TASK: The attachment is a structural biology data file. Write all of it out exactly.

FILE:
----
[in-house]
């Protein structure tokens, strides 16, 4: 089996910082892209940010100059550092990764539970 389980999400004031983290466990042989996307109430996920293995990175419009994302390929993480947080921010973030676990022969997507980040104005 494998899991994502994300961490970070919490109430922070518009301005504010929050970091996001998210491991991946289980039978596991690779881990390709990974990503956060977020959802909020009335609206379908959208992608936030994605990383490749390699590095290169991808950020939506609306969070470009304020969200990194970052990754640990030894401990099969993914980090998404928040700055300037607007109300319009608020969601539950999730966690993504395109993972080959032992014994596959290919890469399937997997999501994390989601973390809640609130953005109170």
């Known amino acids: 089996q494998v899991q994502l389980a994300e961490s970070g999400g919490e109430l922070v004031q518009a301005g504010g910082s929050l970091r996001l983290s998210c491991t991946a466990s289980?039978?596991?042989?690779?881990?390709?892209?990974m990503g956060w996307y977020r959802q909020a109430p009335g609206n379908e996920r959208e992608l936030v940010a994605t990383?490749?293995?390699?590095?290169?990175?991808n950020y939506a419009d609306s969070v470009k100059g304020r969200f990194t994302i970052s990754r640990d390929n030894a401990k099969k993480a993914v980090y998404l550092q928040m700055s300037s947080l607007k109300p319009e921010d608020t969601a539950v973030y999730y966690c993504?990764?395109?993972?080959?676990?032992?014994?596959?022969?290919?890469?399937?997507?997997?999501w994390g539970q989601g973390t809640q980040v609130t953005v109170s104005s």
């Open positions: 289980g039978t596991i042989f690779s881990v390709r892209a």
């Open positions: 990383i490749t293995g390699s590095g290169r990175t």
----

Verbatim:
[in-house]
């Protein structure tokens, strides 16, 4: 089996910082892209940010100059550092990764539970 389980999400004031983290466990042989996307109430996920293995990175419009994302390929993480947080921010973030676990022969997507980040104005 494998899991994502994300961490970070919490109430922070518009301005504010929050970091996001998210491991991946289980039978596991690779881990390709990974990503956060977020959802909020009335609206379908959208992608936030994605990383490749390699590095290169991808950020939506609306969070470009304020969200990194970052990754640990030894401990099969993914980090998404928040700055300037607007109300319009608020969601539950999730966690993504395109993972080959032992014994596959290919890469399937997997999501994390989601973390809640609130953005109170």
């Known amino acids: 089996q494998v899991q994502l389980a994300e961490s970070g999400g919490e109430l922070v004031q518009a301005g504010g910082s929050l970091r996001l983290s998210c491991t991946a466990s289980?039978?596991?042989?690779?881990?390709?892209?990974m990503g956060w996307y977020r959802q909020a109430p009335g609206n379908e996920r959208e992608l936030v940010a994605t990383?490749?293995?390699?590095?290169?990175?991808n950020y939506a419009d609306s969070v470009k100059g304020r969200f990194t994302i970052s990754r640990d390929n030894a401990k099969k993480a993914v980090y998404l550092q928040m700055s300037s947080l607007k109300p319009e921010d608020t969601a539950v973030y999730y966690c993504?990764?395109?993972?080959?676990?032992?014994?596959?022969?290919?890469?399937?997507?997997?999501w994390g539970q989601g973390t809640q980040v609130t953005v109170s104005s």
């Open positions: 289980g039978t596991i042989f690779s881990v390709r892209a």
């Open positions: 990383i490749t293995g390699s590095g290169r990175t």